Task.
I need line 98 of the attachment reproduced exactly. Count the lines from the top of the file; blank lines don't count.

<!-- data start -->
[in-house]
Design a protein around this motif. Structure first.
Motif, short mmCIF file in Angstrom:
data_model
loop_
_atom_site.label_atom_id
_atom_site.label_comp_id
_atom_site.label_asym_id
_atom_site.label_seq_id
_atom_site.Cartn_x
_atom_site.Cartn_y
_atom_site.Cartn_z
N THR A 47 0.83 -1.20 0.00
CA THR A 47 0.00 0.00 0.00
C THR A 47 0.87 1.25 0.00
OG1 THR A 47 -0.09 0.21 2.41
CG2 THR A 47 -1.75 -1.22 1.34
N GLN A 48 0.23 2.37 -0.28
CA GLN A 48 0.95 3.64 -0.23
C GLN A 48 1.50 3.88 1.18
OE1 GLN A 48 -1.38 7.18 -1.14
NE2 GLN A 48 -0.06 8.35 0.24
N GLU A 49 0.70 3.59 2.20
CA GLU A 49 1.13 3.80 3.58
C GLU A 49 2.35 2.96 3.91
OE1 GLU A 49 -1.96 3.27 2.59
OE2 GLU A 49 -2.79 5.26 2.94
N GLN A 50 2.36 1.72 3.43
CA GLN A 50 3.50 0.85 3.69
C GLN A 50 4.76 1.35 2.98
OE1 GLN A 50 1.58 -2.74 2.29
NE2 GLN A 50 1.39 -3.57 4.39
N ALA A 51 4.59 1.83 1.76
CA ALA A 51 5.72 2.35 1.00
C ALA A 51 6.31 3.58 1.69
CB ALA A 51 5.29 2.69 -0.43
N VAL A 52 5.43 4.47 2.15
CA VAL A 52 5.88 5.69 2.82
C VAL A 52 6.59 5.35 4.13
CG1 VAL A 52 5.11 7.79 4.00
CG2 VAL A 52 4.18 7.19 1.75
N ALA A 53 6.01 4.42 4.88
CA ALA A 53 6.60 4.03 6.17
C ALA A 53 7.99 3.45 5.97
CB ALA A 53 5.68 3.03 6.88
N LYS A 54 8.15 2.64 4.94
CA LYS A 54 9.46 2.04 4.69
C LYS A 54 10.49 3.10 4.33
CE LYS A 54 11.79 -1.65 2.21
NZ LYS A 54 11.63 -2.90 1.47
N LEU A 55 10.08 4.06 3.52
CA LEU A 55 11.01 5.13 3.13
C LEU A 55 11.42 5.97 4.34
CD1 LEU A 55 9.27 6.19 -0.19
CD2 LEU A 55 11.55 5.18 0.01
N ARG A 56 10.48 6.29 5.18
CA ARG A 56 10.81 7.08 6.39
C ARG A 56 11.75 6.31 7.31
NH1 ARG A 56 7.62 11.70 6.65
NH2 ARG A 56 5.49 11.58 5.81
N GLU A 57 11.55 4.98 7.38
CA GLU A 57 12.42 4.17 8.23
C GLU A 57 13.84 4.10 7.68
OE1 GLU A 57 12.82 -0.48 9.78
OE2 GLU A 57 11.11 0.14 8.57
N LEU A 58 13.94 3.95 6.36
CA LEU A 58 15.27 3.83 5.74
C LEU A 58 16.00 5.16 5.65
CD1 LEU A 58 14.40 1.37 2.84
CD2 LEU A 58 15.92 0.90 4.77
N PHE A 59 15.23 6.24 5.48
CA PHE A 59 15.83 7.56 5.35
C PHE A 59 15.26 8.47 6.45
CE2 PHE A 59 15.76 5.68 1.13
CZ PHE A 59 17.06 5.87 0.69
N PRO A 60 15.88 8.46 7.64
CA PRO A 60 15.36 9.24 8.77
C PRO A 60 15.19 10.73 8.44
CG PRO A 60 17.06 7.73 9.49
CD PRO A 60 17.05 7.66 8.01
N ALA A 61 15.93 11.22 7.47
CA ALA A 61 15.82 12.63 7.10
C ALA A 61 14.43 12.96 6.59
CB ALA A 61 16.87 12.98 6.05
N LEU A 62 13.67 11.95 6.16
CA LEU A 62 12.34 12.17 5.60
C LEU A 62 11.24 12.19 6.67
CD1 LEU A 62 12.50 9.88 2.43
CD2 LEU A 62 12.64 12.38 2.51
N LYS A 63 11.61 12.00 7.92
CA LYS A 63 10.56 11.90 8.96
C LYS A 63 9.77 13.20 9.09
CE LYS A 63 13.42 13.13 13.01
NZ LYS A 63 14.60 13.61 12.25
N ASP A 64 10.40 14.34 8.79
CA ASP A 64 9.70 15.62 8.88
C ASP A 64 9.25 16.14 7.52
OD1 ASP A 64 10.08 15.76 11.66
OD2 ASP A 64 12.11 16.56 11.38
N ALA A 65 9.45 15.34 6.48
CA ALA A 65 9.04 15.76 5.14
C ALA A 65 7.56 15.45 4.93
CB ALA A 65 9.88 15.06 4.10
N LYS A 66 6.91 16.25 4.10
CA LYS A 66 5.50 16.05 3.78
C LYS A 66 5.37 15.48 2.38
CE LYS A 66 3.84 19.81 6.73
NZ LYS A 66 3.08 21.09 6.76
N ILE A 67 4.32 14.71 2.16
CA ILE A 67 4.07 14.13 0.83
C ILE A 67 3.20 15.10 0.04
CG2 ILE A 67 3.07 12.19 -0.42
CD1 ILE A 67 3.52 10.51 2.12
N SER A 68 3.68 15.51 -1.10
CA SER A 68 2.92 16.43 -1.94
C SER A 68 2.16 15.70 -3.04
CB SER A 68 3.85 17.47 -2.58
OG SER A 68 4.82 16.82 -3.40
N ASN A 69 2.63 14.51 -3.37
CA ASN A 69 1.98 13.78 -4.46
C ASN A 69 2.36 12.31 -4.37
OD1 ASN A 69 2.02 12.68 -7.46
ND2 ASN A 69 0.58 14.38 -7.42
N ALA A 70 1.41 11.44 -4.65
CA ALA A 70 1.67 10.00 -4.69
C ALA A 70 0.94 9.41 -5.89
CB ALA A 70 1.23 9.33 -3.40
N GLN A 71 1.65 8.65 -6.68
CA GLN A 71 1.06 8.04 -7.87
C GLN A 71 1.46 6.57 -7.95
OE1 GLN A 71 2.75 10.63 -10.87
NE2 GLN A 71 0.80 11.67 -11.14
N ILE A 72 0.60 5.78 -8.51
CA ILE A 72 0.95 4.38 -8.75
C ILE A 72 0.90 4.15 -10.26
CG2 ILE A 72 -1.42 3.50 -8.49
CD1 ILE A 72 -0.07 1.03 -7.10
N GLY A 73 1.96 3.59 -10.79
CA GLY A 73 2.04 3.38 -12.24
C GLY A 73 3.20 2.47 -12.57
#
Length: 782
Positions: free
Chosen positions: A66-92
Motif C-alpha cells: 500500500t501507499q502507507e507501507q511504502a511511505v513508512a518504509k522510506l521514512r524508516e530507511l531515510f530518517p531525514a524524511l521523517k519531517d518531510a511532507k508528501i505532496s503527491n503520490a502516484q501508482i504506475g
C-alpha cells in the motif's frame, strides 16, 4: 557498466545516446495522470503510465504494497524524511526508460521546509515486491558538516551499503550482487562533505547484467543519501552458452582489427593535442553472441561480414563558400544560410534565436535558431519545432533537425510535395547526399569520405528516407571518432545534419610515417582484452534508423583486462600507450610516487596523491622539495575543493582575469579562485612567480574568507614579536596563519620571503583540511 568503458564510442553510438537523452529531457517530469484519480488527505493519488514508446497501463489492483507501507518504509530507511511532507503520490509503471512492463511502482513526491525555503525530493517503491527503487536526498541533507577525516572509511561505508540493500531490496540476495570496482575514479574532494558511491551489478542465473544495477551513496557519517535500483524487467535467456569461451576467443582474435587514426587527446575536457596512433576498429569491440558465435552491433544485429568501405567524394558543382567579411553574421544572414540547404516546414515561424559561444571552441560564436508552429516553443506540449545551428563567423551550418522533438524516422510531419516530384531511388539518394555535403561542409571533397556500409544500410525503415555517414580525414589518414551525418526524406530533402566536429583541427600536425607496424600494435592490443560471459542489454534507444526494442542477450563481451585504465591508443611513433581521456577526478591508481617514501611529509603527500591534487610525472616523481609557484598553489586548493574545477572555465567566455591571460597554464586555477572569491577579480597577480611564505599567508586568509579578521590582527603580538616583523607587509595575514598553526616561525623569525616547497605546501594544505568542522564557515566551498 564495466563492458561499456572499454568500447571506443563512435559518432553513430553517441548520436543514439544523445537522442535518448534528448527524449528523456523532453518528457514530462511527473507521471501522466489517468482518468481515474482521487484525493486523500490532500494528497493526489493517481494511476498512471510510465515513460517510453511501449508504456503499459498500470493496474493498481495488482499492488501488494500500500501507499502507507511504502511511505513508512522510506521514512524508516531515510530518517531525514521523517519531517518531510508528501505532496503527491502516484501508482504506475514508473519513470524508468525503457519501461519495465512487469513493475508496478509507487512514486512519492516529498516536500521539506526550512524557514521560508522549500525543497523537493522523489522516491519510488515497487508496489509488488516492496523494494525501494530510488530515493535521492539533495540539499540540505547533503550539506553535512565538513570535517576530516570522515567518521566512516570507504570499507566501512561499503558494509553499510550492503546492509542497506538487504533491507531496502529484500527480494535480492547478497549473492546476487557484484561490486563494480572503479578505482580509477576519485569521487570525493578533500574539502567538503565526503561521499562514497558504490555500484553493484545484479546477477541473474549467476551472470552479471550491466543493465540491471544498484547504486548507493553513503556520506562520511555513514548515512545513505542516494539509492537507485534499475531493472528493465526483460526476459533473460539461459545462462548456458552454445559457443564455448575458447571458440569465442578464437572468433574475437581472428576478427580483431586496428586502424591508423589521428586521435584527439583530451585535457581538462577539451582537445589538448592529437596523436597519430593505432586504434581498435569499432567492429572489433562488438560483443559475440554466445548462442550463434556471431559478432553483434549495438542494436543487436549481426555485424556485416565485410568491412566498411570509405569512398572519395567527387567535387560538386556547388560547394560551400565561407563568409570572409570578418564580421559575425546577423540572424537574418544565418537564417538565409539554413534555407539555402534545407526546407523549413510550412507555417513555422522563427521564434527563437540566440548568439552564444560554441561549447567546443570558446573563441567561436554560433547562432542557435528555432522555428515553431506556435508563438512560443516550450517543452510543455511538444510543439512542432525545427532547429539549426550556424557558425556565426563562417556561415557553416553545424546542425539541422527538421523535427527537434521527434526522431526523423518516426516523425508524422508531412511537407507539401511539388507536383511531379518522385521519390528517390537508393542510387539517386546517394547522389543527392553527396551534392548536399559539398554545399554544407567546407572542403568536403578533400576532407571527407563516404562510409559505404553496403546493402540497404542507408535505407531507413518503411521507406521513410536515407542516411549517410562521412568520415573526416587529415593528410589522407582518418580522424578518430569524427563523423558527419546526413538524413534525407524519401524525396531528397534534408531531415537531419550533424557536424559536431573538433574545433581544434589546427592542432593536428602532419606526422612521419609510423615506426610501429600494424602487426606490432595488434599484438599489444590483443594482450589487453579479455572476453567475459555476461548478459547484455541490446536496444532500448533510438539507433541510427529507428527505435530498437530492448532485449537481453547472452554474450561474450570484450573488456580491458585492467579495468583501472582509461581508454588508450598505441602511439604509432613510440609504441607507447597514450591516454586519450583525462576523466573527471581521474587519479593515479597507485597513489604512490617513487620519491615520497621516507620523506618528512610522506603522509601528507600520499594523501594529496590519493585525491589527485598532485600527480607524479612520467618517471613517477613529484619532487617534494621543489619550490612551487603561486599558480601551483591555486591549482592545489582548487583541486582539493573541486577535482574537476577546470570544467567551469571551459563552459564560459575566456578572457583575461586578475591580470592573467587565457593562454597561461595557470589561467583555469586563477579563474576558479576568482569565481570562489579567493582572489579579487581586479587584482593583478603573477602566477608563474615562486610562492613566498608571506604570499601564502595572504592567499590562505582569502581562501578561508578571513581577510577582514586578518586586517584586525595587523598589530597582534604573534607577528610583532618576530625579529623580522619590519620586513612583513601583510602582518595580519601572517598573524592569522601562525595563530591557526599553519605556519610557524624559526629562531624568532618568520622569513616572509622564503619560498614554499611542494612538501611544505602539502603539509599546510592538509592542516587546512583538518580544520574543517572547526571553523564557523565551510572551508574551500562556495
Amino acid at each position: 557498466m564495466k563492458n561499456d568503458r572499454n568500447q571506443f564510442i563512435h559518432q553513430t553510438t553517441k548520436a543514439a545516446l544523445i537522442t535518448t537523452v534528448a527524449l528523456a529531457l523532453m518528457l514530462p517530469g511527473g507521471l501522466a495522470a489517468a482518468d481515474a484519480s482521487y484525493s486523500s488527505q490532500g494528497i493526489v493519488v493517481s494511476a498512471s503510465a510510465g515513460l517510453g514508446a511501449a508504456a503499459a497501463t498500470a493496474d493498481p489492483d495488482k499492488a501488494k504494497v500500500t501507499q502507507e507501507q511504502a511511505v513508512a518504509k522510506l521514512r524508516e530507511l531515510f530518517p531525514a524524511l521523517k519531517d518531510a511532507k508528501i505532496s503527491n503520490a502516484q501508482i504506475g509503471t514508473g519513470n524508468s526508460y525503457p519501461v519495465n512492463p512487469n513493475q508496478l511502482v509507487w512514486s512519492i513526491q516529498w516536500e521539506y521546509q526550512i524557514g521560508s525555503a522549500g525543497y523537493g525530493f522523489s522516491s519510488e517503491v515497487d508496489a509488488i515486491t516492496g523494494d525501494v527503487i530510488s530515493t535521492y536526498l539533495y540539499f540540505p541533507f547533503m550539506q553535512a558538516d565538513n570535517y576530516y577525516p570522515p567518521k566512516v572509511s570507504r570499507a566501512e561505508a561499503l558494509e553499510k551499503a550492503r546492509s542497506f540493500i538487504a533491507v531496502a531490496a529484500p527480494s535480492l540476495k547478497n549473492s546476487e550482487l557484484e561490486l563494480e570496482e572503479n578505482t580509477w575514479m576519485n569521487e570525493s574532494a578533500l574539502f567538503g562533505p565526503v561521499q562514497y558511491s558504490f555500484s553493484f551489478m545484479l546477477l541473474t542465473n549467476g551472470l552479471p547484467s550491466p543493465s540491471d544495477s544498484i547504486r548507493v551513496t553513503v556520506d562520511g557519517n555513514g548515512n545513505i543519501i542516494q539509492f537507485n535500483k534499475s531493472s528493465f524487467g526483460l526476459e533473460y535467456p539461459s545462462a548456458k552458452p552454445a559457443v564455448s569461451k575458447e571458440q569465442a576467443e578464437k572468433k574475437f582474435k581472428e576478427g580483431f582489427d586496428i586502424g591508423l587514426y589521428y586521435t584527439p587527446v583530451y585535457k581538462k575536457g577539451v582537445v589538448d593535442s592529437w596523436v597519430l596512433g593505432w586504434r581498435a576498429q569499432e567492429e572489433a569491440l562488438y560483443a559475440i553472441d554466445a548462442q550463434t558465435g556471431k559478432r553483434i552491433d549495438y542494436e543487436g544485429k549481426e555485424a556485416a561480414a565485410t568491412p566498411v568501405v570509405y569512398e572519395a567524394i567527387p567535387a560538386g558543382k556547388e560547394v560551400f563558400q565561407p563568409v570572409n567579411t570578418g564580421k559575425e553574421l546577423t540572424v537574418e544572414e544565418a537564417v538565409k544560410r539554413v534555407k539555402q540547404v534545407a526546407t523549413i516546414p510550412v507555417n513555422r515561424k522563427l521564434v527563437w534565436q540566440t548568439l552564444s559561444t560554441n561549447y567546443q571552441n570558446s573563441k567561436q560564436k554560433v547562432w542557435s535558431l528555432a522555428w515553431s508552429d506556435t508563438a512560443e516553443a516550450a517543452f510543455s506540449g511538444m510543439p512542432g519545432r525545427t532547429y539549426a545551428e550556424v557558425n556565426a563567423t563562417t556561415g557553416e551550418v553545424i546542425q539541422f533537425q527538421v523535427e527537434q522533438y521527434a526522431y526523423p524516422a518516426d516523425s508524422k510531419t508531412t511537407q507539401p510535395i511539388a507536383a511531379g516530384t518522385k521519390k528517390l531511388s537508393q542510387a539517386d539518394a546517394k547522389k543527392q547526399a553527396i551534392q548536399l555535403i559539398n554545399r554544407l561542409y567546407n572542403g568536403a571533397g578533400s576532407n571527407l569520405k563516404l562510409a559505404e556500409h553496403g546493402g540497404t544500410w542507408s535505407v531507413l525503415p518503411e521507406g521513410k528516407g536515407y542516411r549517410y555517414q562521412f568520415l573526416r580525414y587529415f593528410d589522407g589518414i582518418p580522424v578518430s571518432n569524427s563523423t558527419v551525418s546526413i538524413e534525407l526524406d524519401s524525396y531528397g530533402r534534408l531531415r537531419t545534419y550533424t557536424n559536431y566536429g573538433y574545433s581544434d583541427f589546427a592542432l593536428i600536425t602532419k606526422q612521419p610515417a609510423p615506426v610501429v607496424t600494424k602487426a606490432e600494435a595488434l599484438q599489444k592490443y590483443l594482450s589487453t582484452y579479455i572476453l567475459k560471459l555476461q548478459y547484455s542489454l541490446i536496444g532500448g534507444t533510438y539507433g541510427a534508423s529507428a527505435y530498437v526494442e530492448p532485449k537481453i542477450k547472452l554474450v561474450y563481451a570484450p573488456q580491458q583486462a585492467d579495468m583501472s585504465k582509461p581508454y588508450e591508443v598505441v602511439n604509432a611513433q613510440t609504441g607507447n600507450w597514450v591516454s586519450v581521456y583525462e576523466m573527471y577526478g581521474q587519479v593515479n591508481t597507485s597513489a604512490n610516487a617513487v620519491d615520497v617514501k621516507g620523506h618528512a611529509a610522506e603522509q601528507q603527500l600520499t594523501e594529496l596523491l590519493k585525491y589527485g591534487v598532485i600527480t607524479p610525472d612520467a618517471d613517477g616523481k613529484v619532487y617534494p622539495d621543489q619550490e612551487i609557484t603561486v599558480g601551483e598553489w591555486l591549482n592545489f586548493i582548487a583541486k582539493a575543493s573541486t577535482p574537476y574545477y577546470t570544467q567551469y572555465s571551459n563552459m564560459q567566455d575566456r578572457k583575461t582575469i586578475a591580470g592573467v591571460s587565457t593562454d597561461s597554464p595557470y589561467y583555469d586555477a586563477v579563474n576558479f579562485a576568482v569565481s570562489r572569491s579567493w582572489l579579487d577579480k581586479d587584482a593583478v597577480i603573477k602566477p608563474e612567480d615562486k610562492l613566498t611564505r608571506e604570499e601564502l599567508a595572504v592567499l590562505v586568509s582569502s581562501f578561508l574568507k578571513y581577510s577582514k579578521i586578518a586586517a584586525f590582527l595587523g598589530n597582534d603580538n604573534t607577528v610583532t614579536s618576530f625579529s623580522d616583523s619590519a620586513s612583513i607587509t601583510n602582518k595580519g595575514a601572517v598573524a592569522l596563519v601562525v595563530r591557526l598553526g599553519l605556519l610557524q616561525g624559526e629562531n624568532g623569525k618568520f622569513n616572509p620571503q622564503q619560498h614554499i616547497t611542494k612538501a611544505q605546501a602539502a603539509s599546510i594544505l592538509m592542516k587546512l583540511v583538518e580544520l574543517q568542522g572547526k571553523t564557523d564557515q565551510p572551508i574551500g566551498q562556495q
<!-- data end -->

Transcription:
OD1 ASP A 64 10.08 15.76 11.66